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Wm. Muir Letter


Mexican Border


sent by Wm. Muir Letter to His Cousin, John McCoy

 and printed in the "Emmetsburg Democrat", Emmetsburg, Palo Alto Co., Iowa, 03 Jan 1917




Wm. Muir Writes Interesting Letter to His Cousin, John McCoy

El Paso, Tex.
Dec. 16, 1916

Dear Cousin:
It has been quite a while, since I have heard from you, but nevertheless I am going to tell you an interesting story of some of my experiences in army life.

Of course you know we were mobilized at the rifle range near Denver, Colo. Well, we put in three months of preparatory drill before we received orders to leave for the border. The order caused much excitement. It only took us two days to pack and by Sept. 30 we were already except to load on our horses. This took us all day and at 12 p.m. we were comfortably seated in Pullmans. Our train was made up of eighteen horse and box cars and several Pullmans including the baggage car, which we used for cooking purposes.

We came by way of Pueblo, Colo., and Albuquerque, New Mexico, on the Santa Fe road. We arrived at Deming, New Mexico, Oct. 3 and were surprised at the sight of so many soldiers who met us at the depot. But they were all doe (infantry) boys and looked on with great delight as we unloaded our horses and big guns. The people of Deming were also pleased for they knew that their city would be protected while our guns were there.

Upon being shown the camp grounds we were again surprised at the sight of the cactus and sand. All this had to be removed before we could pitch our tents. Well, we got an early start and finished before dark. But very few of
us slept that night, as there were so many insects and tarantulas running in and around the tent and some were even found in the cots. However, no one was bitten that night.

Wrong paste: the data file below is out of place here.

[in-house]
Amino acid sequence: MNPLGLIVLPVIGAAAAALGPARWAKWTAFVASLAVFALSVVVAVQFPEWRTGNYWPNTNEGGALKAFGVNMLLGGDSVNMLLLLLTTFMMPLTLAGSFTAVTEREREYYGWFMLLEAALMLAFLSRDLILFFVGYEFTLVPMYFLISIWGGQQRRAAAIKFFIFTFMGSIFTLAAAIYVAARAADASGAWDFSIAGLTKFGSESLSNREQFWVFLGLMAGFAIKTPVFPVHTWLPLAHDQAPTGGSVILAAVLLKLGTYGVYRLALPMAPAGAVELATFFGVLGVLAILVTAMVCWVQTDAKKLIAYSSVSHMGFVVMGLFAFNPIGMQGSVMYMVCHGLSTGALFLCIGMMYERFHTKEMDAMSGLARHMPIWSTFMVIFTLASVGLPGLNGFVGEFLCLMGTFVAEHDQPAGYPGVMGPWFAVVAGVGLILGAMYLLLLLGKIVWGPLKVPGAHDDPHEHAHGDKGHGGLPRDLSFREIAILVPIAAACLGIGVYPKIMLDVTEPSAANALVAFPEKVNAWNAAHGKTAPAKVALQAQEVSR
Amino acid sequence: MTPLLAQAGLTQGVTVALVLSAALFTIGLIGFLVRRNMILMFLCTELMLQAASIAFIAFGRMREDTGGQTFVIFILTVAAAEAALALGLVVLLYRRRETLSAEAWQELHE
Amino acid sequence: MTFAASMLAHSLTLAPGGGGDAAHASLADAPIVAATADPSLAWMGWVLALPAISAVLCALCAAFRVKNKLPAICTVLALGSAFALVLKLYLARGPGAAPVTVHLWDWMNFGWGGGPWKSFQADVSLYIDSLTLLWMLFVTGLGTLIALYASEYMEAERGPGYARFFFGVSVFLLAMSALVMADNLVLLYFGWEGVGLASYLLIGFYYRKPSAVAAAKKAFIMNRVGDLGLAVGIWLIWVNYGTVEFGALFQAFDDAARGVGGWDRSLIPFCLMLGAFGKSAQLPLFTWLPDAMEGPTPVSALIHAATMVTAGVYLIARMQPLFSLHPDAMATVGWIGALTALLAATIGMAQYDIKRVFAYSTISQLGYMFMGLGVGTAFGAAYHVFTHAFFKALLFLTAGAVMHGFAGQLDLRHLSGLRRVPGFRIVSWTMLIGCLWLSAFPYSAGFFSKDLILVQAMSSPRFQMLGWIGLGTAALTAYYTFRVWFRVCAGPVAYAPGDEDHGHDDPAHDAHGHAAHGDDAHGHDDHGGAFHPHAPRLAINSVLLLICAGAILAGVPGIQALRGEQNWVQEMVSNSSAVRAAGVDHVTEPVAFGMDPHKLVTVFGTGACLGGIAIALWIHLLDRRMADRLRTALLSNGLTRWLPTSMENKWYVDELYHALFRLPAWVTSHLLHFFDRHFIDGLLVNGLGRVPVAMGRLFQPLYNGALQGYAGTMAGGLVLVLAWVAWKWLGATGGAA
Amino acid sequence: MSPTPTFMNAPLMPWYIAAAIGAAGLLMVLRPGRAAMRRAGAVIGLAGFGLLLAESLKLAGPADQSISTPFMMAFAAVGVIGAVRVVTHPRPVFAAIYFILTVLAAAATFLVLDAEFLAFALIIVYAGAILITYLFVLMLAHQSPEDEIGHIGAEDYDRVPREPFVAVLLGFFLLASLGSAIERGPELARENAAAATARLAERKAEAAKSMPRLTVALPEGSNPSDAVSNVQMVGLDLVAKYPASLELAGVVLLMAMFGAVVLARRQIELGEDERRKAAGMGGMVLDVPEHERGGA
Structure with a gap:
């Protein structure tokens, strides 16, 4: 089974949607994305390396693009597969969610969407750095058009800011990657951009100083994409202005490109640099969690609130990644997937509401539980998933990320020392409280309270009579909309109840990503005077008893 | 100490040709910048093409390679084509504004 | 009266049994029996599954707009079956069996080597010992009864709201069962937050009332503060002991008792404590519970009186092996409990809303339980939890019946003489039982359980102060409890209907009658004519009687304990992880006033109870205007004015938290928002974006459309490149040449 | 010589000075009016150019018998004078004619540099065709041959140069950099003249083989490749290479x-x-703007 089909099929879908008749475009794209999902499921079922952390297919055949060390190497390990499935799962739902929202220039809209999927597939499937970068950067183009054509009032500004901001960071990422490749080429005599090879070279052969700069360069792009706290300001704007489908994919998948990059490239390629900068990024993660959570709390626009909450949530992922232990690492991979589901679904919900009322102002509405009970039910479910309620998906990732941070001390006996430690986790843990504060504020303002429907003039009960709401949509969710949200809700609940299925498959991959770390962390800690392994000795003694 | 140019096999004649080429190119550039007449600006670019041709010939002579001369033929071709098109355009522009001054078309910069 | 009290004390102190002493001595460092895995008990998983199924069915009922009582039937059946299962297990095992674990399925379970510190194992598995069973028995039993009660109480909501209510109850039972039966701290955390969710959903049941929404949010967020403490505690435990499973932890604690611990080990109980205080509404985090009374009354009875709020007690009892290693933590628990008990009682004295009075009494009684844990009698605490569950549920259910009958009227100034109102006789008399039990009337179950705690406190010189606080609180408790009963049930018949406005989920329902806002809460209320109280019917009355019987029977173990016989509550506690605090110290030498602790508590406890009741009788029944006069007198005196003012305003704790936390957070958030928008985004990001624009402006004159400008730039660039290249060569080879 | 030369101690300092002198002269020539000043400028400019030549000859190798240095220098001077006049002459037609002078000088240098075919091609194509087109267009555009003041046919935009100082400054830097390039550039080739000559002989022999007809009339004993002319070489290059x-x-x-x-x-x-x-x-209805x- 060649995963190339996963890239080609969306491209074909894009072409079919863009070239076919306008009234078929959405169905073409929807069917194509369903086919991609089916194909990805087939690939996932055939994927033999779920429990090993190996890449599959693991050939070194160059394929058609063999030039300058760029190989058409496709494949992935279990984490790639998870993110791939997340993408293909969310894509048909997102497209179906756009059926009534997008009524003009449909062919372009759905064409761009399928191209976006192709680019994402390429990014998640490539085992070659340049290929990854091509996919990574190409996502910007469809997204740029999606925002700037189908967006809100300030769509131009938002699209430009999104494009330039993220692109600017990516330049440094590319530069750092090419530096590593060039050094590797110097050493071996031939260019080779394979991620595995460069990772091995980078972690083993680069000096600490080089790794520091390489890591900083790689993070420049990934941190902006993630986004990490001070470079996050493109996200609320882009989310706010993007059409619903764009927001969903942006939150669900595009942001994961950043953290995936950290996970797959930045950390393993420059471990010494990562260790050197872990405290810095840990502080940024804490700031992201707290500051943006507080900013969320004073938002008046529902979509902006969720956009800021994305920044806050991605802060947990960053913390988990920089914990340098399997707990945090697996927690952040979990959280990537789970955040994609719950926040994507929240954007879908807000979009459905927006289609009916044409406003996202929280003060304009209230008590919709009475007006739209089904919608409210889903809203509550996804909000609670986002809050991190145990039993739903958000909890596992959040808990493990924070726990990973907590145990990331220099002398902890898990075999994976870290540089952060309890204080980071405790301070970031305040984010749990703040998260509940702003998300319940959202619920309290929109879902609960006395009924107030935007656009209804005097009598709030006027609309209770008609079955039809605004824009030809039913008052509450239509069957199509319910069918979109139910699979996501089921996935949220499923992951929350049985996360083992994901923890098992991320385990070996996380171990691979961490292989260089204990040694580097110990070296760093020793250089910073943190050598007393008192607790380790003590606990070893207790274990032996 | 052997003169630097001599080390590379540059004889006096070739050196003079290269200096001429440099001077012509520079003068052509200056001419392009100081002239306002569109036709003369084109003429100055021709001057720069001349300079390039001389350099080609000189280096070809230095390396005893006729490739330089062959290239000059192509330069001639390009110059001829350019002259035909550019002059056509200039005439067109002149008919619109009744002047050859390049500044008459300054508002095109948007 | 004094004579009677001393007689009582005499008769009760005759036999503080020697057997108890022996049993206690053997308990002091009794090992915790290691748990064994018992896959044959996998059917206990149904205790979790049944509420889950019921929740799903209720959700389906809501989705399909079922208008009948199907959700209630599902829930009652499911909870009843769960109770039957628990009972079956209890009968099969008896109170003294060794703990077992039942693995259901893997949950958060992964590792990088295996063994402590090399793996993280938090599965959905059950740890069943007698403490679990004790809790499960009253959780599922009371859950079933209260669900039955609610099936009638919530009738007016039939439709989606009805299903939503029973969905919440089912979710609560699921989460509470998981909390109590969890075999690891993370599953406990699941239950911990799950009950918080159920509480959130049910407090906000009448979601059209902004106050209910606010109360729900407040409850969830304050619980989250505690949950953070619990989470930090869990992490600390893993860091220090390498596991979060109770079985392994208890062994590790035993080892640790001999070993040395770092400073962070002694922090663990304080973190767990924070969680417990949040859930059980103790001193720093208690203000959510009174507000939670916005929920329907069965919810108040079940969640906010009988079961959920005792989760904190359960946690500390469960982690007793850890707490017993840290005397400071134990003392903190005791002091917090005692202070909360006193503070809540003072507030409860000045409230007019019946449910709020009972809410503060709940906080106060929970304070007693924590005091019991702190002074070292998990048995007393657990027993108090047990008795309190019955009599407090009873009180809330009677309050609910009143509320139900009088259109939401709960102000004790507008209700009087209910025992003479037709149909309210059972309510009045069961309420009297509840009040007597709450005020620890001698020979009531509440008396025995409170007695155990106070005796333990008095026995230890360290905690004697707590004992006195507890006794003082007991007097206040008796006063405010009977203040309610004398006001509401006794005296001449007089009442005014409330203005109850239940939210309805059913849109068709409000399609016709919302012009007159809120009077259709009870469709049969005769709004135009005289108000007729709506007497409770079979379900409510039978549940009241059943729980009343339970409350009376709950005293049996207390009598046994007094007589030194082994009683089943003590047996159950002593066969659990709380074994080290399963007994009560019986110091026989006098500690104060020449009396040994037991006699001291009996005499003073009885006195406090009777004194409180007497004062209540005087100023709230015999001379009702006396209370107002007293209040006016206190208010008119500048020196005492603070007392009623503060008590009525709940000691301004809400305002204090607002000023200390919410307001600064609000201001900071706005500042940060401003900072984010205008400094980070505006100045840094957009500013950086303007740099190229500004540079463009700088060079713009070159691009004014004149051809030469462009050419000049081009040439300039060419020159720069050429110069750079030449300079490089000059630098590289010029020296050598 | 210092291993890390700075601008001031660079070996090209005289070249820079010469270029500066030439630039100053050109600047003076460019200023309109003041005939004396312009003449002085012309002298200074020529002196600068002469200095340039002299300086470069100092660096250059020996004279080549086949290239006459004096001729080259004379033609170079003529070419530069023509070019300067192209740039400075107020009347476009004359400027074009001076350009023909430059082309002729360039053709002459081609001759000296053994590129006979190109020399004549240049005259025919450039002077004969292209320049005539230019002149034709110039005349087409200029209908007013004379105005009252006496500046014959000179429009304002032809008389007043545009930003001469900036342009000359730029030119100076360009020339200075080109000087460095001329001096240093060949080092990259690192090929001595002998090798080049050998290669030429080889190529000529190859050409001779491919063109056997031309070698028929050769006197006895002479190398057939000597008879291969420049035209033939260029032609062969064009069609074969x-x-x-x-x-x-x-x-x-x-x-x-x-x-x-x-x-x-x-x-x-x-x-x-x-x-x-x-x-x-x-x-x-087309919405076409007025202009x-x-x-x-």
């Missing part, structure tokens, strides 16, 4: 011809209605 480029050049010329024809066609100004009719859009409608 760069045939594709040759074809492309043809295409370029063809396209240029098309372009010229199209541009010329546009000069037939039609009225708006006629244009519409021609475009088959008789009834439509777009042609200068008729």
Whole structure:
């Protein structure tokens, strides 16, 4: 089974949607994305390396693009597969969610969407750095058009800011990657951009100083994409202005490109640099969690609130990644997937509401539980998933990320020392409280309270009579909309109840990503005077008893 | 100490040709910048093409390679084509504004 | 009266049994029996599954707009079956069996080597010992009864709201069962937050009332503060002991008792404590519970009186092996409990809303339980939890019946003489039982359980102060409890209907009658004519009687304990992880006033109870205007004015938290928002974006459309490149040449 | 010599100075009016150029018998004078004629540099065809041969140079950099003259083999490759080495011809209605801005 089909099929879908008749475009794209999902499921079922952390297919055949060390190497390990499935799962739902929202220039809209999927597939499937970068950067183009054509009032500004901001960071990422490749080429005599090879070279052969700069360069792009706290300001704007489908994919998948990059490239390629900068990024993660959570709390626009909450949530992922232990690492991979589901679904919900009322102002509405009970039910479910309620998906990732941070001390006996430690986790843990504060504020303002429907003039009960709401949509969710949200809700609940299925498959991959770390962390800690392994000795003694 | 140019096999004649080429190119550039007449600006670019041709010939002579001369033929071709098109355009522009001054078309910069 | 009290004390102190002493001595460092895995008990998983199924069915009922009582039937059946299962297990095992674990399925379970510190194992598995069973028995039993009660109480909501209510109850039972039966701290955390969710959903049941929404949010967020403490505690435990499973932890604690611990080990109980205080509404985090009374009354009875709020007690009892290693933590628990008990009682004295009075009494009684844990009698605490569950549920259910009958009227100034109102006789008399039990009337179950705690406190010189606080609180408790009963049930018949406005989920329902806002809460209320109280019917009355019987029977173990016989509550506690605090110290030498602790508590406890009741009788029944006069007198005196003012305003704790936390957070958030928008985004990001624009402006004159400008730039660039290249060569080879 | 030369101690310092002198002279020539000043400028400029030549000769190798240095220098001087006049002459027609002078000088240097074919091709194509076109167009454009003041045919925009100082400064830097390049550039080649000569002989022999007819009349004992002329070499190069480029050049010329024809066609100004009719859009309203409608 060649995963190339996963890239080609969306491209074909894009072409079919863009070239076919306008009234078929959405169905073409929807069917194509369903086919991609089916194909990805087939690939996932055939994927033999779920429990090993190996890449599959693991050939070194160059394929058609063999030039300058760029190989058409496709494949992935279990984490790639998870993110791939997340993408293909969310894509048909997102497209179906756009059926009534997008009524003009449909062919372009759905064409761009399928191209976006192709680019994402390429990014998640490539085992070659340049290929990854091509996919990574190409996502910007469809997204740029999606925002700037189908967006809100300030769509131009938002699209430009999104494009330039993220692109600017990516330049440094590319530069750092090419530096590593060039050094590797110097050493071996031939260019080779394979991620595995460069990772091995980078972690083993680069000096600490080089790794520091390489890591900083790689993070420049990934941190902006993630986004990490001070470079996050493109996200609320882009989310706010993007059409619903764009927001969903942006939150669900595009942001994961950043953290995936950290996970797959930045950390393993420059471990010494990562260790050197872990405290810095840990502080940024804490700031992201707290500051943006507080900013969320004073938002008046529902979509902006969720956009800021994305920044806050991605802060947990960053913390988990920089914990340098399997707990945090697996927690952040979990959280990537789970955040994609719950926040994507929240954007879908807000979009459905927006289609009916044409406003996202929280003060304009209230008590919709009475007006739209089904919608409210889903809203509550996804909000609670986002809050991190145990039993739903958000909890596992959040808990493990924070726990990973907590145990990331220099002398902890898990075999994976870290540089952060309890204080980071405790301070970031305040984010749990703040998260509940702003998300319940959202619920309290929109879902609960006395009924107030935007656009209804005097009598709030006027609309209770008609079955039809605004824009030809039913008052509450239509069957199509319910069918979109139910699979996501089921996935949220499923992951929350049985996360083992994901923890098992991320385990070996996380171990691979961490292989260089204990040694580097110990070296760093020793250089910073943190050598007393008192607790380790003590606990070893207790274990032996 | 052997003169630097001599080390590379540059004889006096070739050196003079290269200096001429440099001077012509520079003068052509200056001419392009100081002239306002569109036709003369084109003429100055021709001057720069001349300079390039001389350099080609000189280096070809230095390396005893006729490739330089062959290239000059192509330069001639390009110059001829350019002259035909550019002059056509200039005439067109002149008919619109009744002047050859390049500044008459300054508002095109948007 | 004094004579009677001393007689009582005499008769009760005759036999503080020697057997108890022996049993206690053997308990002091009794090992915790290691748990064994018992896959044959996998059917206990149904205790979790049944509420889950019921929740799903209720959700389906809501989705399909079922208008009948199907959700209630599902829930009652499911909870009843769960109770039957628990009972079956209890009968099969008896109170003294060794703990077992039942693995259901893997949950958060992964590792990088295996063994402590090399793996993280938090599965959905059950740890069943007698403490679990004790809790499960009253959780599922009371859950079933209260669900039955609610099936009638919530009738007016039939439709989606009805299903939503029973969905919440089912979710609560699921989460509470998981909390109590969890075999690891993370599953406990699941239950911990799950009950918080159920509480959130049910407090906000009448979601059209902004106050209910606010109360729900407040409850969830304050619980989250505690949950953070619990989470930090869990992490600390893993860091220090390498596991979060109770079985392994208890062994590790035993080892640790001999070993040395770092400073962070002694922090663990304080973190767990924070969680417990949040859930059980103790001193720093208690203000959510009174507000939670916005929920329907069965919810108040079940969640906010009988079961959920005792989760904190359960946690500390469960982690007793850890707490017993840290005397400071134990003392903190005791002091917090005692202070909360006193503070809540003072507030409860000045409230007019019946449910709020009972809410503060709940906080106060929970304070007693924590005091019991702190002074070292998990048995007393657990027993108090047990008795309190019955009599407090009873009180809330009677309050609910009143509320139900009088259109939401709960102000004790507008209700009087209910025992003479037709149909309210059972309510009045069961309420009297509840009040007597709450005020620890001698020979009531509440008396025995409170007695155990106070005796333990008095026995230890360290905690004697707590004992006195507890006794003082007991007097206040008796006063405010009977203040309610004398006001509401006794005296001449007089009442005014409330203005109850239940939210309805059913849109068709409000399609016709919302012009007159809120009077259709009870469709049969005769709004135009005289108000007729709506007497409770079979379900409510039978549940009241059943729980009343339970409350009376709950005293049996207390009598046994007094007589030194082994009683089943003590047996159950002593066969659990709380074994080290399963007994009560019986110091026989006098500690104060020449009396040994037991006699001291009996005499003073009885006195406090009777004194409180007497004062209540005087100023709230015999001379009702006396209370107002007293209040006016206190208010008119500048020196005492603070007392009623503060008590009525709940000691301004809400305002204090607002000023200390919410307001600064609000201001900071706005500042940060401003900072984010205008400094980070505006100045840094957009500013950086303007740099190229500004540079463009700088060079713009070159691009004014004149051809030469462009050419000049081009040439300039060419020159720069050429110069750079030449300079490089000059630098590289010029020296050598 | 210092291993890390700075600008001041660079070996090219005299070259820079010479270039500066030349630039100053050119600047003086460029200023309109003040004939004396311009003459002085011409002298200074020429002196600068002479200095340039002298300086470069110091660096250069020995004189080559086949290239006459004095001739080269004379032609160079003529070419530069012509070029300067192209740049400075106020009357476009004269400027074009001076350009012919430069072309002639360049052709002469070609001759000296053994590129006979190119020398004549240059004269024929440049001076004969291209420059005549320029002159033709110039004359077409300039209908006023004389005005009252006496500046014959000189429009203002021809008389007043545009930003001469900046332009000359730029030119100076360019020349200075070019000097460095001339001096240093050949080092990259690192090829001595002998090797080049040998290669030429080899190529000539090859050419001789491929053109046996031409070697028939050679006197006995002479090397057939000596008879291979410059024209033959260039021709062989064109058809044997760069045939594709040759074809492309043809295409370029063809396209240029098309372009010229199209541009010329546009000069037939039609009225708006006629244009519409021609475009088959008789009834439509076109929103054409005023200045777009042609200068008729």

The next morning we prepared to fix up a cook and mess hall. It was completed in a few days. Then we started in to drill and found that we could not use our  horses as the sand was so deep. Instead, we took hikes of one day's duration, and on Oct 26 we took a three days' hike to Ft. Cummings, an old deserted place which saw service in the Indian uprising of 1880-1884. And, by the way, the fort and soldiers that were garrisoned there were commanded by the father of the major now in command over us, Major F. W. Sharp.

We arrived at the fort at 5:30 p.m., making 22 miles over the roughest road we ever traveled. All that was left was the walls of a few adobe houses, used for officers' quarters at that time. These abodes are houses which the
Mexicans built. They used mud bricks in making them.

The next morning we started back towards the mountains ten miles or so for target practice with service ammunition. Returning that afternoon to the fort, we had to double quick most of the way. It was the wildest ride anyone ever had over such mountainous roads.

The next morning we broke camp and prepared for our return to Deming. We took a different road and it being long, we did not reach camp until 6 o'clock that evening. We did not have a mishap, and covered 26 miles. Awaiting our return was an order for us to move immediately to El Paso, Texas.